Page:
I have this problem quite often
jnthn Dunno, the ones I'm looking at should, in theory, not be timing sensitive. All running with spesh blocking turned on 12:32
timotimo perhaps rr's "chaos mode" could help tease out the problematic execution path 12:47
otherwise, rr can record multi-process-containing things, too 12:50
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nwc10 I tried rr but it doesn't like all the AMD CPUs I seem to have everywhere. 13:07
brrt \o 13:10
what's the problem that requires rr 13:11
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nwc10 o/ 13:13
13:16 < jnthn> Hm, a bunch of new SIGSEGV in spectest
13:23 < jnthn> grmbl, none of these feel inclined to SEGV when not being run as part of make spectest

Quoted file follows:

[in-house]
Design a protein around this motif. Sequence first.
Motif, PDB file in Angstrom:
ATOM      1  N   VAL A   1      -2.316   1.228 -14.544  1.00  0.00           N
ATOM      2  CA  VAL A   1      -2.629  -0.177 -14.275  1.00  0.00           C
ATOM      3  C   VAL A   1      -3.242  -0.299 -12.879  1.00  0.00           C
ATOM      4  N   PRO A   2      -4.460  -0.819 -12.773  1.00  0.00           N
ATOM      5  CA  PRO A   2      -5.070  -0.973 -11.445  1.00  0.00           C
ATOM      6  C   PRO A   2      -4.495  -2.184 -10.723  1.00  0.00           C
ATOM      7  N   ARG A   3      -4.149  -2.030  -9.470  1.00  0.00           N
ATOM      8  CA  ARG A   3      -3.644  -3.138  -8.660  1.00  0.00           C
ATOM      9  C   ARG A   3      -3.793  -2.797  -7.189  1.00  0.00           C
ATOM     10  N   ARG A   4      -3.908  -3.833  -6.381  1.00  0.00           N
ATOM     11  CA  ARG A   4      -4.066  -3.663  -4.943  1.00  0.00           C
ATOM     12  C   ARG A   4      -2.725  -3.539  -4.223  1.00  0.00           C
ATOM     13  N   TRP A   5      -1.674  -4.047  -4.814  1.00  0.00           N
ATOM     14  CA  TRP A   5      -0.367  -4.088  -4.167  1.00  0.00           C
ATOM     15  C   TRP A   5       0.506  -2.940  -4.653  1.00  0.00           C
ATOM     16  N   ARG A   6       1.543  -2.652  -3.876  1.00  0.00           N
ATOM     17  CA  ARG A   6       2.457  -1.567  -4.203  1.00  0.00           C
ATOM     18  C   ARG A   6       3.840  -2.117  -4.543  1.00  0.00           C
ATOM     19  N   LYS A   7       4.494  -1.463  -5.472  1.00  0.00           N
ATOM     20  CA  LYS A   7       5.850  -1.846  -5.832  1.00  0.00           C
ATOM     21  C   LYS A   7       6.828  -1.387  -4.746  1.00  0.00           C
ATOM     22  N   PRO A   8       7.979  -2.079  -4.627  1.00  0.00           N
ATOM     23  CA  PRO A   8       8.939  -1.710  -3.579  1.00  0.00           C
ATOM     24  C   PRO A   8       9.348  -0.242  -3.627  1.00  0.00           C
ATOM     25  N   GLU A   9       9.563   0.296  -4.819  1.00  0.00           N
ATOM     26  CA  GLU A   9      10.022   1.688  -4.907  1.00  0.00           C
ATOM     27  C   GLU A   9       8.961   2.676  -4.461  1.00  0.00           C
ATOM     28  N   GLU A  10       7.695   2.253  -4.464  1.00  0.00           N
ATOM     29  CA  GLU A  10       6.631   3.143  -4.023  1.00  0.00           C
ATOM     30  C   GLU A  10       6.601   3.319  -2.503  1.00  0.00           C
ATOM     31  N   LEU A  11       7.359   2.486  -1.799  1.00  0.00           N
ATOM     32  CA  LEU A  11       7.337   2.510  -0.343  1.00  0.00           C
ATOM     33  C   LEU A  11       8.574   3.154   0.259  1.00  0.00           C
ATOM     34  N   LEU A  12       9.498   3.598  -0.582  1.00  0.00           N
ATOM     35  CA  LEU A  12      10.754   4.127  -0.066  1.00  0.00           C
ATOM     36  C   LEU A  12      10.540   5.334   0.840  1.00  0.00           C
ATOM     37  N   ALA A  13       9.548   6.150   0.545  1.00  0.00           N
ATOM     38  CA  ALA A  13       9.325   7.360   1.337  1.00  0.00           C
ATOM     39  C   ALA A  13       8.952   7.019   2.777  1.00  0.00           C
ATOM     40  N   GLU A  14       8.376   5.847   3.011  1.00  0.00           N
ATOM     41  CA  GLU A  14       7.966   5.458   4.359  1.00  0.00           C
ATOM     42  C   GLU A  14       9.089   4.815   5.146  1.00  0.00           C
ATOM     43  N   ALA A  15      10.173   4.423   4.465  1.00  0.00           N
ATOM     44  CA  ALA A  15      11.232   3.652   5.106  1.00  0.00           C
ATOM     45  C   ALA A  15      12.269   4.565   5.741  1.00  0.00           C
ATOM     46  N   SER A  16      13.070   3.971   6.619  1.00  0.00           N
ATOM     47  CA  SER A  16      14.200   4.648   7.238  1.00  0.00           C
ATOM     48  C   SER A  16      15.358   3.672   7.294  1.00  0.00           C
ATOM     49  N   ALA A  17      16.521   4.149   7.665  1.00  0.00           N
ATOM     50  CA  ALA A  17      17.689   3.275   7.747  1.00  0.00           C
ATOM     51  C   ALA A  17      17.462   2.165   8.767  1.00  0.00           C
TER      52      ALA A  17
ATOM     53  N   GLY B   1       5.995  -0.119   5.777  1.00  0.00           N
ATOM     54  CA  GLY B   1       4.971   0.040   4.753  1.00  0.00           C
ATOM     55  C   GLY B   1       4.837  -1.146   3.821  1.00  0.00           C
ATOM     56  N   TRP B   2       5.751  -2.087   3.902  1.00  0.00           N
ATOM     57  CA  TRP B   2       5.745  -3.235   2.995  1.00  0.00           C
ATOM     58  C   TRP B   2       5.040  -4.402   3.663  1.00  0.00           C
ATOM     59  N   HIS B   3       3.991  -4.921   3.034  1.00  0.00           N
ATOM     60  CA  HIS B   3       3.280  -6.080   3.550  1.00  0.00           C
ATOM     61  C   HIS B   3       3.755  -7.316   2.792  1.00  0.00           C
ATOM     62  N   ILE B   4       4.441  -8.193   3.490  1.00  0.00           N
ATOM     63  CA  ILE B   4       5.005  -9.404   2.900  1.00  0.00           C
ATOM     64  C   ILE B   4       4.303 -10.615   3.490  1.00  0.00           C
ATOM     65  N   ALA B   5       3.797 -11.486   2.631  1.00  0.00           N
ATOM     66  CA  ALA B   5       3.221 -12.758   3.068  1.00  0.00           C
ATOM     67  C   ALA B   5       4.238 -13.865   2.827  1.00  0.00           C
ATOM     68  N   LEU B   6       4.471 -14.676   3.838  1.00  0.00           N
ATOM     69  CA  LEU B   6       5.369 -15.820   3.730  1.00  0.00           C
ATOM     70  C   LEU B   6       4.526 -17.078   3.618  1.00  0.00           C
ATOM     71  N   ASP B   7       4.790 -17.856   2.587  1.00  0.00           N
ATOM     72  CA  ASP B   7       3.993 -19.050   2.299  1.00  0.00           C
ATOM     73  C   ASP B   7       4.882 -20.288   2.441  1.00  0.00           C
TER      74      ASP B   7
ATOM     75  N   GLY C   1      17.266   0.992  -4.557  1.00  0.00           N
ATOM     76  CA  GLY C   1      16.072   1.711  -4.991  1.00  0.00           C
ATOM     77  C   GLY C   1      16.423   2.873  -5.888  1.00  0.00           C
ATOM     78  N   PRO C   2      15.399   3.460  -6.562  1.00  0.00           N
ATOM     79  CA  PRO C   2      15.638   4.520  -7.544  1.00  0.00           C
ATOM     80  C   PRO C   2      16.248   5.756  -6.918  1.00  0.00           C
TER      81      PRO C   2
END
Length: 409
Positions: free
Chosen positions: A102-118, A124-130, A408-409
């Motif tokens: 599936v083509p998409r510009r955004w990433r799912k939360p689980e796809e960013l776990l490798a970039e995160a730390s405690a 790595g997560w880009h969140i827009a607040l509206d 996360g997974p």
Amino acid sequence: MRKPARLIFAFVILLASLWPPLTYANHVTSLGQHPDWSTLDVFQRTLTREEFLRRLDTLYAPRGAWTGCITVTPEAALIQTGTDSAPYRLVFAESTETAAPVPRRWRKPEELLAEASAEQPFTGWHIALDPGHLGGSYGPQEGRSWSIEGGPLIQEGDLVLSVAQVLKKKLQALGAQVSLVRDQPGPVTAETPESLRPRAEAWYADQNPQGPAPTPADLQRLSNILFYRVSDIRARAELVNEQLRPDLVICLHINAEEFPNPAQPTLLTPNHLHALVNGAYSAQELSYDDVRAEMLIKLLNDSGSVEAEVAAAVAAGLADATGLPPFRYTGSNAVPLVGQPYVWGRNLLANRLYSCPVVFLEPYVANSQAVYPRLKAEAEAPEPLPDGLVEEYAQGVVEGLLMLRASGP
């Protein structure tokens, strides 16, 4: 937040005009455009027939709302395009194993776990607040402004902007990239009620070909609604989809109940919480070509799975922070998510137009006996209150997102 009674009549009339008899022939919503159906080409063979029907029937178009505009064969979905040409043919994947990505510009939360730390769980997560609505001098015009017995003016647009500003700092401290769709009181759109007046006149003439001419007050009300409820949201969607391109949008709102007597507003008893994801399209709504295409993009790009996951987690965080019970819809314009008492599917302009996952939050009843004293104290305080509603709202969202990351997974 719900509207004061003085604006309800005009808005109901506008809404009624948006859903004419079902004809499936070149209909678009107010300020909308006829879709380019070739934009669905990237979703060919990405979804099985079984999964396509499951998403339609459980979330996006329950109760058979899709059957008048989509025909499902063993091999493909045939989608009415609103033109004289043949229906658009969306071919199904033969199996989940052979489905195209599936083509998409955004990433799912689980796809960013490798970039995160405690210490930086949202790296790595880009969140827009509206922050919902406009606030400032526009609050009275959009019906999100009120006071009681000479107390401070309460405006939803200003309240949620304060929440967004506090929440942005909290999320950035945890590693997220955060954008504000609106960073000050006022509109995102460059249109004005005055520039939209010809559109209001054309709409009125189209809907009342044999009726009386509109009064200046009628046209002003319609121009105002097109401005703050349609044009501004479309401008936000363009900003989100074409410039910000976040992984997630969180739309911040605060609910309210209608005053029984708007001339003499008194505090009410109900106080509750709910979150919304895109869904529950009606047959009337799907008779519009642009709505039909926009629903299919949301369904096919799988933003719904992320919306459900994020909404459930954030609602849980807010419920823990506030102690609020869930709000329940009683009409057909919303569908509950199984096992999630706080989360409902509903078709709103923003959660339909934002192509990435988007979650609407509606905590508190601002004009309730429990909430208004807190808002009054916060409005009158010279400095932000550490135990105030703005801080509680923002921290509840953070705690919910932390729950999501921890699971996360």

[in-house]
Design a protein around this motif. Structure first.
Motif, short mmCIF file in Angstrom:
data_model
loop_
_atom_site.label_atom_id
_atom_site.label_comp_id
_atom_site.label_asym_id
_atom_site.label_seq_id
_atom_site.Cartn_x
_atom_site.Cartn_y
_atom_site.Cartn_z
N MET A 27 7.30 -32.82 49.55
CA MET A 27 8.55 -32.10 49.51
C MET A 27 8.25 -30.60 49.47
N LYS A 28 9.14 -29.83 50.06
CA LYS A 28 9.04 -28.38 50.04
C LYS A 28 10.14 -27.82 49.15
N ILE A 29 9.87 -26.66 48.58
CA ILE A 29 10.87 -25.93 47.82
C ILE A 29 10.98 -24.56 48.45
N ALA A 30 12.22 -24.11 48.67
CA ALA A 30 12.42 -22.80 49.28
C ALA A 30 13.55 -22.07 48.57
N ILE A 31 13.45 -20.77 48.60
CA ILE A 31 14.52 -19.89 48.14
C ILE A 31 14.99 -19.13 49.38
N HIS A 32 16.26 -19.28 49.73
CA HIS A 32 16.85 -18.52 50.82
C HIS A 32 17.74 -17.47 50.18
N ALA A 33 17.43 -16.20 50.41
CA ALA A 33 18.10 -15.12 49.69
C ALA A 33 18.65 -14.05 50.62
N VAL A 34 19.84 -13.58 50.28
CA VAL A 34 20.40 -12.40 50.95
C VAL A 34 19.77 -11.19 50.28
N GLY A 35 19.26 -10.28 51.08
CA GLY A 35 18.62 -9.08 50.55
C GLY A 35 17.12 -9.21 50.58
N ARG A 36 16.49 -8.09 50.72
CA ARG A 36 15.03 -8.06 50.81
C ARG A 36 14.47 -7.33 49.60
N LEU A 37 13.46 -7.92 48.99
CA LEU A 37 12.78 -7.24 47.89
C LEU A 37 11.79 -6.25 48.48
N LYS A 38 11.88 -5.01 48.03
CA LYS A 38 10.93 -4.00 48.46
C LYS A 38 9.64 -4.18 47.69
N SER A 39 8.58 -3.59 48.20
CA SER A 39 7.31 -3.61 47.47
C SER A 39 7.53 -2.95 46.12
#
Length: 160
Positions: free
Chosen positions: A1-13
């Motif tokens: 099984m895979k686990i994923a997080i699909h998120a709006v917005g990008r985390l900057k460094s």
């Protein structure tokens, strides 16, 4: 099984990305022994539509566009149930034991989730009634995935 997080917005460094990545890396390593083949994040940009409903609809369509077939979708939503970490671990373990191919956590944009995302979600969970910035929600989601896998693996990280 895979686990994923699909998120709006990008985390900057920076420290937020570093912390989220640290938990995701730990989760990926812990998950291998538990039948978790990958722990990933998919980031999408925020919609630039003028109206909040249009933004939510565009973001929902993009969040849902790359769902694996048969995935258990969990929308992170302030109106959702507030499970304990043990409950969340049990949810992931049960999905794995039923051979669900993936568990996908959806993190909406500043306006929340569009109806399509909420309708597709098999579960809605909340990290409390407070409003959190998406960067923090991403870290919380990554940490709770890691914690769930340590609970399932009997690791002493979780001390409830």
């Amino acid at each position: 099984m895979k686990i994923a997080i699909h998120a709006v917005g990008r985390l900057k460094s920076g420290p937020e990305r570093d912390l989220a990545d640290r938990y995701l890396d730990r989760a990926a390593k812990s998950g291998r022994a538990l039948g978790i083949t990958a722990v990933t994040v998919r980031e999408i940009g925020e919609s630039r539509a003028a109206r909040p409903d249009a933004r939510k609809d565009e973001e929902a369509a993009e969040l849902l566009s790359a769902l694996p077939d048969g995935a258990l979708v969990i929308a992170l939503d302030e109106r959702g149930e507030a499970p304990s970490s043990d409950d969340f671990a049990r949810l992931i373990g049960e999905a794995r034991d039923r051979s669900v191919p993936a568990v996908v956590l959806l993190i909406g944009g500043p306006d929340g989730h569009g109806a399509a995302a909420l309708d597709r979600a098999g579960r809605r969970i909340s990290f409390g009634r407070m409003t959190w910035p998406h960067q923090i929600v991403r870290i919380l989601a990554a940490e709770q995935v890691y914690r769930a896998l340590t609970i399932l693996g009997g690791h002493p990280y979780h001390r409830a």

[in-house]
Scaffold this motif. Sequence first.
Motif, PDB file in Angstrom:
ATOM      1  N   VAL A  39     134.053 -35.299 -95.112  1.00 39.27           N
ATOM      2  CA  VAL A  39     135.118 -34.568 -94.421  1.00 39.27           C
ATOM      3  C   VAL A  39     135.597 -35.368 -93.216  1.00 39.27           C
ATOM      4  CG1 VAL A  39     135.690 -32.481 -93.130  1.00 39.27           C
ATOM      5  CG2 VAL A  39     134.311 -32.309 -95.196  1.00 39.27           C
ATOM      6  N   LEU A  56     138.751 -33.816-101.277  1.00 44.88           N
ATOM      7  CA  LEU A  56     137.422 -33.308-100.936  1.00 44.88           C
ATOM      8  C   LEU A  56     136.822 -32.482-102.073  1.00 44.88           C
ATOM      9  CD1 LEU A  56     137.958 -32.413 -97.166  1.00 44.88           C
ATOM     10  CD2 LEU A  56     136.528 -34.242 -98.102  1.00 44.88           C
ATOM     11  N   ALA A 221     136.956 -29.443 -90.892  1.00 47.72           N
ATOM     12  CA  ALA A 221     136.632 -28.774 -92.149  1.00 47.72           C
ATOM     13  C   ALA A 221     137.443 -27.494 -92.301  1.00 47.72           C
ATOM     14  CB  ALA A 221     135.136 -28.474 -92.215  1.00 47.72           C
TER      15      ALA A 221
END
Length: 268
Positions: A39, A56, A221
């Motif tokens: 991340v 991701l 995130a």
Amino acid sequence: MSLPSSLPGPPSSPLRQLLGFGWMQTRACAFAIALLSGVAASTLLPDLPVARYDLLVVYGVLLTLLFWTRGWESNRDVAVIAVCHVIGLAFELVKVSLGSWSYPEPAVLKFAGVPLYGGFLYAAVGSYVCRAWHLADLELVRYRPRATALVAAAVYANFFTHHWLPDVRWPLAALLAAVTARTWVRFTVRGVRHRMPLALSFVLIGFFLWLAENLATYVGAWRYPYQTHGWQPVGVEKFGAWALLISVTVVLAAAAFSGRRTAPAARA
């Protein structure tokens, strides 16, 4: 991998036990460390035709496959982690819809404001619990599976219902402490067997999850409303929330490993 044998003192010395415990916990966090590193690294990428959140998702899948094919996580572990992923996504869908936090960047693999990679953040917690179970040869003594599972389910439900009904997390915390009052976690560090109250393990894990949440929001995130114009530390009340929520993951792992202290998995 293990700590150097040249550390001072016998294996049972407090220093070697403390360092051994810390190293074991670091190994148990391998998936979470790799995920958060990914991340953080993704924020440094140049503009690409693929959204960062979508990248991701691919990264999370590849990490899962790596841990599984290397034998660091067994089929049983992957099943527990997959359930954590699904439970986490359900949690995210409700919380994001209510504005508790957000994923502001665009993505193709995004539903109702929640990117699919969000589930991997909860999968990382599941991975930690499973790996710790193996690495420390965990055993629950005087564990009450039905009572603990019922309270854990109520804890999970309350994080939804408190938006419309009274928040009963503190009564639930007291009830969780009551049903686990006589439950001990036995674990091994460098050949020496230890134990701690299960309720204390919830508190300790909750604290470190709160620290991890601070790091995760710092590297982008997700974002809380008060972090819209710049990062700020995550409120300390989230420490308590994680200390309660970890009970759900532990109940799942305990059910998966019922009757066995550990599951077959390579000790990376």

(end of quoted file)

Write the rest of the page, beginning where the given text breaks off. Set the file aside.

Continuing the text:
13:25 < nwc10> I know exactly this feeling
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brrt ah, I see 13:17
yeah, that's hateful
timotimo rr uses a performance counter from the cpu that is apparently not reliable/exact enough on some AMD CPUs 13:19
[Coke] jnthn: ignore that employer request. (sent the initial ask directly to a few folks, followup based on convo with lizmat to disregard was just tagging several people) 13:21
nwc10 timotimo: that part I didn't know. I didn't spot any "why" as to why AMD wasn't supported. I had just assumed "we're all using Intel; patches weclome"
jnthn [Coke]: I already added the info anyway
[Coke] jnthn++
I think everyone knew yours already. 13:22
jnthn :D
Goodness, getting back into the dispatch stuff is some effort. :)
Probably because I left it at the point I had to solve a hard problem. :)
timotimo i got that from a ticket tracking the issue 13:24